Happy St. Patrick’s day!
Oh, I love this feast day! A few years ago I wrote this blog post (on a totally different blog) about my favorite quotes from Irish authors, and this year I decided to highlight some of my favorite books with Irish themes or characters.
Irish characters are some of my favorite, not only because I see my heritage in them, but mostly because through all their struggles and hardships, the Irish always find joy in whatever they do.
Irish themes are similar. They express pain and loss, but also joy and hope.
1. The Bantry Bay Series by Hilda Van Stockum
This series was my favorite as a child, and I think it helped stir my love of travel and adventure. These books, The Cottage at Bantry Bay, Francie on the Run, and Pegeen, are so much fun. They are about a poor family in Bantry Bay, Ireland, and mainly follow the mischief of the young twins, Francie and Liam.
These books take you all over Ireland and bring in the culture, folklore, and characteristics of the land and the people of the wonderful island. I highly recommend this one to be read aloud with your family, or even alone, if you want a spark of Irish magic.
2. A Tree Grows in Brooklyn by Betty Smith
Francie Nolan is a child of an Irish-American man and a Austrian-American woman. Her Father brings his culture into their lives through his lively spirit and his joy. Frankie’s fondest memories of her father revolve around his songs–his Irish ballads he would sing as he came home and again as she sat with him in their small apartment.
This book is an amazing story of a family living in Brooklyn in hard times. I recommend this book to anyone, and I even think this book should be read at all different stages of life, because the themes and messages can be reached by all. (Disclaimer: you may be singing Irish songs, especially Molly Malone, for weeks after reading this novel.)
3. Ireland by Frank Delaney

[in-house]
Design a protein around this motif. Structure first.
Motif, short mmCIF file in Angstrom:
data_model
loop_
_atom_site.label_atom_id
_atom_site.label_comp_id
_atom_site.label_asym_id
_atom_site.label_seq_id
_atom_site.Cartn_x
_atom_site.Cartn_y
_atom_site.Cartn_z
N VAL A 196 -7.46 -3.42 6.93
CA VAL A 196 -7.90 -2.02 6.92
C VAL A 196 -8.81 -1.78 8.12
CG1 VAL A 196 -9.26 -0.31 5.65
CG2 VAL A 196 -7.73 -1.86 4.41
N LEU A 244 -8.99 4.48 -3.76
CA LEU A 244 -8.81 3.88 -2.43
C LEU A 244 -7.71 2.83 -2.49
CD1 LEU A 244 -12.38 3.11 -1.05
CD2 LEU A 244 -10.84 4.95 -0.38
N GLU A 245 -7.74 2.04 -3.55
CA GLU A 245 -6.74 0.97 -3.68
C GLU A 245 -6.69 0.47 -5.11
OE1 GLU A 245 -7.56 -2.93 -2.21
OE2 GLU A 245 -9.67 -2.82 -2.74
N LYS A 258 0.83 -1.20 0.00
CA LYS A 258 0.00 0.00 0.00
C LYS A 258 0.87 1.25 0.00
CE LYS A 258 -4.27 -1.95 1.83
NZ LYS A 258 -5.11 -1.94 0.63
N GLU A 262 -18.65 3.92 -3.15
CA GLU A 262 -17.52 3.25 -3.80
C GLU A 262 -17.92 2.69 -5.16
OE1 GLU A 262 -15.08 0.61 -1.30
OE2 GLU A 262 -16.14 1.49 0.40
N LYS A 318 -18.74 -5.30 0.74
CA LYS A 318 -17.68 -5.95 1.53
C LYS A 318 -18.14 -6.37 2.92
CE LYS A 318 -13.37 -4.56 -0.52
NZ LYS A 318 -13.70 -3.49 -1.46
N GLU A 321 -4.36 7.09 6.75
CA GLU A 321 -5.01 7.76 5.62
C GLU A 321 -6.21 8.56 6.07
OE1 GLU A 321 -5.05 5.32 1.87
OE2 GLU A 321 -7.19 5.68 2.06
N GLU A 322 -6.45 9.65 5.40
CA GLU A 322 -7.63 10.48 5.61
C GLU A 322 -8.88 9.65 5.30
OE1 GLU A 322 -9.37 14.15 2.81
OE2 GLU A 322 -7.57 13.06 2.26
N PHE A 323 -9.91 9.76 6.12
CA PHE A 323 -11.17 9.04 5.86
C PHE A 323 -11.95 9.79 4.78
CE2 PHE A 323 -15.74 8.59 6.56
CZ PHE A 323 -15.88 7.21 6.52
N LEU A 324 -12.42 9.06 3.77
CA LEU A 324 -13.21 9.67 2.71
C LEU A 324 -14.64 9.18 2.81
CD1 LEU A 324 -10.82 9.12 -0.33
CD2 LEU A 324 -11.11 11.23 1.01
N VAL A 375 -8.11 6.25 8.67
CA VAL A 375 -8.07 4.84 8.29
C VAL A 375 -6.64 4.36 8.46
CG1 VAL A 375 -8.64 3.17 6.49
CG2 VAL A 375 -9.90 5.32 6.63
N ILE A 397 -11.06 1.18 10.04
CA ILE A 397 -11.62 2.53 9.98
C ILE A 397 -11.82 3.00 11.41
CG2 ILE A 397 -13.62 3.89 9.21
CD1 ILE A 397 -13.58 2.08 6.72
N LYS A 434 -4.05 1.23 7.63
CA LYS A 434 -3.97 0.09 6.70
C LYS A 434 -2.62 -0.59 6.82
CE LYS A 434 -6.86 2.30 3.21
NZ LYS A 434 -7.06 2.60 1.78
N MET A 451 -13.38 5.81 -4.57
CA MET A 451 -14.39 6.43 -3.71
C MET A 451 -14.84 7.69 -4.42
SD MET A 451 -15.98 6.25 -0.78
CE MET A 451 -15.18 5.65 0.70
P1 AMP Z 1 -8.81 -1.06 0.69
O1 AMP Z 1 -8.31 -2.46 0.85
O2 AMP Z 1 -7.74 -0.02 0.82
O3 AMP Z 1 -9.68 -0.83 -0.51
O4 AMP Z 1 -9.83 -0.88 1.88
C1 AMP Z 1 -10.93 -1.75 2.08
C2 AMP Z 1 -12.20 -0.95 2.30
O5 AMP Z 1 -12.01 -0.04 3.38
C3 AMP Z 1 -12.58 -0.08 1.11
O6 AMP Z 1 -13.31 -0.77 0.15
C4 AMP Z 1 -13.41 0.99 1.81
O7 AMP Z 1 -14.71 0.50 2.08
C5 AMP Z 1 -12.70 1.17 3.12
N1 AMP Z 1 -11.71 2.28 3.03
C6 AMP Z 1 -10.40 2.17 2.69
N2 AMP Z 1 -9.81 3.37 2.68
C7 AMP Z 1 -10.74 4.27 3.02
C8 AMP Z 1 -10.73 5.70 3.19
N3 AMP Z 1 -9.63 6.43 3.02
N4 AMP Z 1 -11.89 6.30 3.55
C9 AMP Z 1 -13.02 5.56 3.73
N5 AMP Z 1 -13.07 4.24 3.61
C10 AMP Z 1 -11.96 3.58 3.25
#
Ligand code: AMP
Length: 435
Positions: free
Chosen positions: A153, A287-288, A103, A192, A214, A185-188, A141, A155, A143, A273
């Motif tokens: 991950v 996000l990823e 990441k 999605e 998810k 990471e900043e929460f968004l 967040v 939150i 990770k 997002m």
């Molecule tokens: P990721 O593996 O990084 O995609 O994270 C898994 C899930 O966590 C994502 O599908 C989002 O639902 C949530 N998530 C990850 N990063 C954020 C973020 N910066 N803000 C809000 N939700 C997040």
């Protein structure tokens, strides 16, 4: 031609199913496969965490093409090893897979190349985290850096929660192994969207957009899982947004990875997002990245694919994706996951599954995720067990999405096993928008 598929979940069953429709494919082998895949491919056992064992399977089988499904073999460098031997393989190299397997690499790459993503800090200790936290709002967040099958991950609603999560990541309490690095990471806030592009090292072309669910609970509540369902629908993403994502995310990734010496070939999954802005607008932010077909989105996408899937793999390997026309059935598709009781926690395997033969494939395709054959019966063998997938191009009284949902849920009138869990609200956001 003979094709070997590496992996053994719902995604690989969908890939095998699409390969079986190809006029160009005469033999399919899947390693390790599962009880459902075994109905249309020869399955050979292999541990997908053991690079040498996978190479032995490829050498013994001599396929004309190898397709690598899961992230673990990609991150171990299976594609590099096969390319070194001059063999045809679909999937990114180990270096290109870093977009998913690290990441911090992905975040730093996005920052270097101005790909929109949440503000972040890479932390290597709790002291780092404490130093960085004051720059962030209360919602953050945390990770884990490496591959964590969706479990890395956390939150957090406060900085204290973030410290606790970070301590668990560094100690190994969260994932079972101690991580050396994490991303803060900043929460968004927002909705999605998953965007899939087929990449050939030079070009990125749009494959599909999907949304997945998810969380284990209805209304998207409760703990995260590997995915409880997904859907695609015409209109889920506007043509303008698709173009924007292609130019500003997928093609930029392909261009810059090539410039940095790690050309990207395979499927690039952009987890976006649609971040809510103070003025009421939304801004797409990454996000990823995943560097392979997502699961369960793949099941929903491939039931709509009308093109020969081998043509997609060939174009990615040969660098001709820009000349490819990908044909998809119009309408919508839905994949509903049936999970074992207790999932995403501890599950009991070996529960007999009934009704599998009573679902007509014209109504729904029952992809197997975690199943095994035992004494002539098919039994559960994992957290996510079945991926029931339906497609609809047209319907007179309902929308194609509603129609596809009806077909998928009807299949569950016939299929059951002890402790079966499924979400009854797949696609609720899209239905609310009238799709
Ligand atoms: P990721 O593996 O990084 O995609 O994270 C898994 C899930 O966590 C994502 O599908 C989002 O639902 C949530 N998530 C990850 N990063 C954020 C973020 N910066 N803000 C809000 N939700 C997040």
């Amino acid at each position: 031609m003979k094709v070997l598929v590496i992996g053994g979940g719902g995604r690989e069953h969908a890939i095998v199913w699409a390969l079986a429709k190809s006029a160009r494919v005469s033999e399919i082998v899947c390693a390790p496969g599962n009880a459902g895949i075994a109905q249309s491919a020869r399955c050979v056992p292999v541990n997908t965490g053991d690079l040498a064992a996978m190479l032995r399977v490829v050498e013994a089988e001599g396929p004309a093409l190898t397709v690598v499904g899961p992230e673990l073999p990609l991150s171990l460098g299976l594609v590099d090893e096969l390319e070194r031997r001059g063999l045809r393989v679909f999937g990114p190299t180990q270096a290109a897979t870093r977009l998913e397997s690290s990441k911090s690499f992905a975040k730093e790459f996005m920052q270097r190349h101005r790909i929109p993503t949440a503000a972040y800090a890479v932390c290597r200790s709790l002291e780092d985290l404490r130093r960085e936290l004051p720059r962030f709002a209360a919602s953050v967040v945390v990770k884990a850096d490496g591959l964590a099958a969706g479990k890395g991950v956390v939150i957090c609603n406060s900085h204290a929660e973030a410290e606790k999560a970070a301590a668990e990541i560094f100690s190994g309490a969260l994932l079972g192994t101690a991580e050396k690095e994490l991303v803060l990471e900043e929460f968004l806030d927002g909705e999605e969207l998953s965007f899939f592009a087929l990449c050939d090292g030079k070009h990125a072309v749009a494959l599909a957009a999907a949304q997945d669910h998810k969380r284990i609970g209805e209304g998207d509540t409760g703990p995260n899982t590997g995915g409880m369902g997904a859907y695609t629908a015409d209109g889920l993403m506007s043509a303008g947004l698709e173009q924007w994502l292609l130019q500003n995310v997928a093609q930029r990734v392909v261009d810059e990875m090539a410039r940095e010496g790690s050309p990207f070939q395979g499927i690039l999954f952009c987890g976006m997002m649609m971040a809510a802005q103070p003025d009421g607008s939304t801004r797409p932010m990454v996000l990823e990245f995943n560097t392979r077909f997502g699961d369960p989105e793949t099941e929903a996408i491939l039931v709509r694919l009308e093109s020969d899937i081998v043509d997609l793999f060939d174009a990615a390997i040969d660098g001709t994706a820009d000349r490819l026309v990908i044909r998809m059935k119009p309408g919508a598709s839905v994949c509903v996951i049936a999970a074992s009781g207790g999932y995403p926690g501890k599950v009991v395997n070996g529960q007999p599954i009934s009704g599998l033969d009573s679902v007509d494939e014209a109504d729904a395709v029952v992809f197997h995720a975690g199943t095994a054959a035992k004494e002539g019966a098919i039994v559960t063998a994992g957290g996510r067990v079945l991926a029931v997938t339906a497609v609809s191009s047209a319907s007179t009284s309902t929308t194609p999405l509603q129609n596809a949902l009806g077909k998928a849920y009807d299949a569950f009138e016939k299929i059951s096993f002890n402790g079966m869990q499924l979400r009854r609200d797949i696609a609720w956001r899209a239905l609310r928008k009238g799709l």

This book is lovely. It follows a storyteller who wanders around Ireland and trades stories for a meal and a bed for the night. Each chapter in the book switches from being about the teller and the story he is telling. In doing so the reader is able to become attached to a character all while hearing a dozen folktails from Ireland.
Again I recommend this story to anyone. It’s a little slow at time, but due to the way it’s set up, you can pick it up whenever, read a couple chapters, and be content.
4. Dubliners by James Joyce
This collection of short stories brings to life the ordinary people of Dublin town. There is nothing extraordinary about these stories, but that is what makes them so precious. As someone who has only spent a short time in Dublin, it is so special to be transported into the homes of the Irish people whom I have longed to be apart of my whole life.
5. Angela’s Ashes by Frank McCourt
This book is talked about so much, you almost think it’s overrated. Well, I think it is and it isn’t. I think it is in the sense that I don’t think it’s one of the most important books of the 20th century, as some may claim, but I think it’s not because it really is a good book. It is heartbreaking and gut-wrenching, and at times I had to put it down because it was too hard to read, but at other times the story was so compelling that I had to keep reading. I put it on this list because, like I stated before, even in all the suffering that happens in this book, there is an underlying sense of hope and joy, which is so characteristically Irish.
*Bonus: my favorite Irish movie
The Secret of Roan Inish
This book takes place mainly on the western coast of Ireland, but also out on the Island of Roan Inish. The story follows a young girl, Fiona, as she tries to get her family to move back to their home on Roan Inish. This movie has humor, folklore, beautiful scenery, and lovely Irish charm. It’s definitely a great one to get from your library this St. Patrick’s Day weekend 🙂